Forbes Issues Baseball Stadium Rankings

Former colleague Todd Deutsch sent me a link yesterday sending me to the Forbes’ baseball stadium rankings, which were published last week. According to its Web site, Forbes ranked the ballparks based on affordability, accessibility, fan participation and concession quality.

Here’s the top five stadiums, according to Forbes:

  1. AT&T Park in San Francisco
  2. Fenway Park in Boston
  3. PNC Park in Pittsburgh
  4. Wrigley Field in Chicago
  5. Oriole Park in Baltimore

And the bottom five (to no surprise, you might be pretty familiar with one of these):

  30. Dolphin Stadium in Miami
  29. Alameda County Stadium in Oakland
  28. Tropicana Field in Tampa Bay
  27. Hubert H. Humphrey Metrodome in Minneapolis (Breakdown with grades for each: (Intangibles – C; Fan participation – C+; Accessiblity – B+; Affordability – B+; Food – C)
  25 (tie): The Ballpark in Arlington; Chase Field in Phoenix

Here are a few of my thoughts on the rankings:

  • I’m going to Wrigley Field this summer and can’t wait. There was a different feel walking into Fenway Park that you just don’t get at any other stadium, except for possibly Wrigley.
  • PNC, in my opinion, is the most picturesque ballpark in baseball. Very underrated because, well, it’s in Pittsburgh.
  • Oriole Park, along with Progressive Field in Cleveland, set the tone for the ballpark craze of the last 15 years, and it’s still going strong.
  • I think the bottom five (six with the tie) really gives you a feel for the state of baseball stadiums. Arguing whether or not stadiums should be publicly funded is a discussion for another day. However, if Texas and Arizona host the fifth-worst ballparks in baseball, that’s a pretty good situation for Major League Baseball. The bottom four really stand out from the rest. And to no surprise, all four teams playing in those stadiums are either getting new ones or working feverishly to get new ones.

3 Responses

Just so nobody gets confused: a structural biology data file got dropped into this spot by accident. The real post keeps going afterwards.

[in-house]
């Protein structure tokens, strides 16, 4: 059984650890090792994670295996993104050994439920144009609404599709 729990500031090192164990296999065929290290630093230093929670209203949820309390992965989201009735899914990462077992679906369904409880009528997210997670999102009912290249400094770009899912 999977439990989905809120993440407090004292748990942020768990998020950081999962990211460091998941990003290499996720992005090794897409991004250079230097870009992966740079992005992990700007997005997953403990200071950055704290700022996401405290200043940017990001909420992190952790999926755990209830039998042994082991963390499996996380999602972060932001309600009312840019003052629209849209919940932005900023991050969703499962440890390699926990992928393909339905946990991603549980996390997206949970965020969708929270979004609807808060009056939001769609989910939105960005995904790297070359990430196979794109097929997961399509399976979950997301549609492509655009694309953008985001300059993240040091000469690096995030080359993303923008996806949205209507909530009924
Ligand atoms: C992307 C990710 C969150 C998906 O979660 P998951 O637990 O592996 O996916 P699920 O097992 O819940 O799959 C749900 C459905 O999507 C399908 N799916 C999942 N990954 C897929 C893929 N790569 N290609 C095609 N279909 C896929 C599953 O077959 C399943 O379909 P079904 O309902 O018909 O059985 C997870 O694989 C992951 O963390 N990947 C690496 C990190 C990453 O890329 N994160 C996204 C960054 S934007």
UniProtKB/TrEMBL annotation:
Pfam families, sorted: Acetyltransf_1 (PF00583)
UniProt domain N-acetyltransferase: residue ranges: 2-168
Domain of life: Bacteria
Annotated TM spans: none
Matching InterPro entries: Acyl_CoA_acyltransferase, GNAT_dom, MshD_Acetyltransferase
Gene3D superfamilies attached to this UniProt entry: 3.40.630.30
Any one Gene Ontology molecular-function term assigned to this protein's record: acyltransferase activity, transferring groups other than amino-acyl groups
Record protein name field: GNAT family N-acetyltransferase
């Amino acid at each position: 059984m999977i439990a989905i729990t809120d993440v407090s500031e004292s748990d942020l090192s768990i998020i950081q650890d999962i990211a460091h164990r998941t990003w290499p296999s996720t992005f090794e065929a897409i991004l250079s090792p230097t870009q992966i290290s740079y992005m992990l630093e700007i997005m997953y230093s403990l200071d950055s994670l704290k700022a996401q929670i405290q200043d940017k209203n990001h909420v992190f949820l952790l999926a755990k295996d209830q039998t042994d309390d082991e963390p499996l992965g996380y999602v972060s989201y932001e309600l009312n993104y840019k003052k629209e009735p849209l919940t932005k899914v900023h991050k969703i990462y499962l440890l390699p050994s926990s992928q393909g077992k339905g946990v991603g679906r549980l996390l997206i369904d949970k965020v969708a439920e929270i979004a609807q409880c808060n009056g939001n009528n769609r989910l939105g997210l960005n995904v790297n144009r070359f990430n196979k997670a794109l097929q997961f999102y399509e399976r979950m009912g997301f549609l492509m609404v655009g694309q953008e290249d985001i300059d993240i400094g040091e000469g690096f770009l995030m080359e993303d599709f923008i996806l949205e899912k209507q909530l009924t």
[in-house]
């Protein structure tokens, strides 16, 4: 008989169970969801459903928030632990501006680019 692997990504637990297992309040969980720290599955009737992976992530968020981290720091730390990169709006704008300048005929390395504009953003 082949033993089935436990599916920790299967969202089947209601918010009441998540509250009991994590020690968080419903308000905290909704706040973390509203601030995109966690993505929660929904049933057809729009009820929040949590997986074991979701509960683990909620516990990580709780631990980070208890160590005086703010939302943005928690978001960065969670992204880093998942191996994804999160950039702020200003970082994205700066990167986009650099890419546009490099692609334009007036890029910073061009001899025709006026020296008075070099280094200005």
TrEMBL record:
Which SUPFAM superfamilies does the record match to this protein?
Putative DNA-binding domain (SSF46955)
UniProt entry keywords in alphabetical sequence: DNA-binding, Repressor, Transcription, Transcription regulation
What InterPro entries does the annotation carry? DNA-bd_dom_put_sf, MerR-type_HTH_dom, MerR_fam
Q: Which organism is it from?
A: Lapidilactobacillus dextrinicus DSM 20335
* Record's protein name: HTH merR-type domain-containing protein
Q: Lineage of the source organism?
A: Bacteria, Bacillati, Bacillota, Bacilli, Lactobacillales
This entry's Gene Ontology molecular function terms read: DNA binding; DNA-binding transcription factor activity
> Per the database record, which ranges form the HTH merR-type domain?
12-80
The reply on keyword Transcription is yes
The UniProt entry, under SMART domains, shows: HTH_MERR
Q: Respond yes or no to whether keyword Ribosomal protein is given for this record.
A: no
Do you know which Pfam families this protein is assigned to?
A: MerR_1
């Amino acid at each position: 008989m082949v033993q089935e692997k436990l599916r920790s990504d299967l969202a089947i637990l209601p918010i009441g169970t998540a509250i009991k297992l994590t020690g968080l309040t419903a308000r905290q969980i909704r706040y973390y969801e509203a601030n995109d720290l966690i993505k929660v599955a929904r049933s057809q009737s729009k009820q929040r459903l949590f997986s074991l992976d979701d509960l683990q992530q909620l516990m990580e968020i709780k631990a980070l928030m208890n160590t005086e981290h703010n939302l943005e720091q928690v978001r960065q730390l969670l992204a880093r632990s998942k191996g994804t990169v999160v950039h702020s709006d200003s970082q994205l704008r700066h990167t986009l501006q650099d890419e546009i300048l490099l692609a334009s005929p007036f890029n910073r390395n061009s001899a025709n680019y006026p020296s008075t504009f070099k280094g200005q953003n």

1. Walmart Park

    hopefully this list means good things for Target Field. People say it will most resemble AT&T Park and PNC Park.

  2. Goethe

    I’ve heard that too. The Twins can’t go wrong with that.

    I drove by Target Park a couple weeks back on the way to the Opening Day game. It’s really a tight squeeze in its current location. Kind of reminds you of some of the older parks like Fenway just in the fact that if you’re not looking for it, you don’t really notice it.

  3. bisonaudit

    So pumped for Target Field. I was a little worried about the small footprint until I visited Progressive in Cleveland, but that place is great and it sits on a pretty small piece of land and they did a decent job disguising the parking ramp in the outfield (better than Washington DC). With the public art they’ve anounced it looks like the Twins will do better yet. Also, access to mass transit will be unpresidented.

    That list looks pretty good to me. PNC and Camden are hands down the two best ball parks I’ve been in. Wrigley wouldn’t make my top 5. It’s worth the experience and I value the history but that only gets you so far in my book. I’m looking forward to Fenway, but haven’t been there yet. They’ve spent zillions on upgrades while retaining much of the old ballpark charm.

    bears visory

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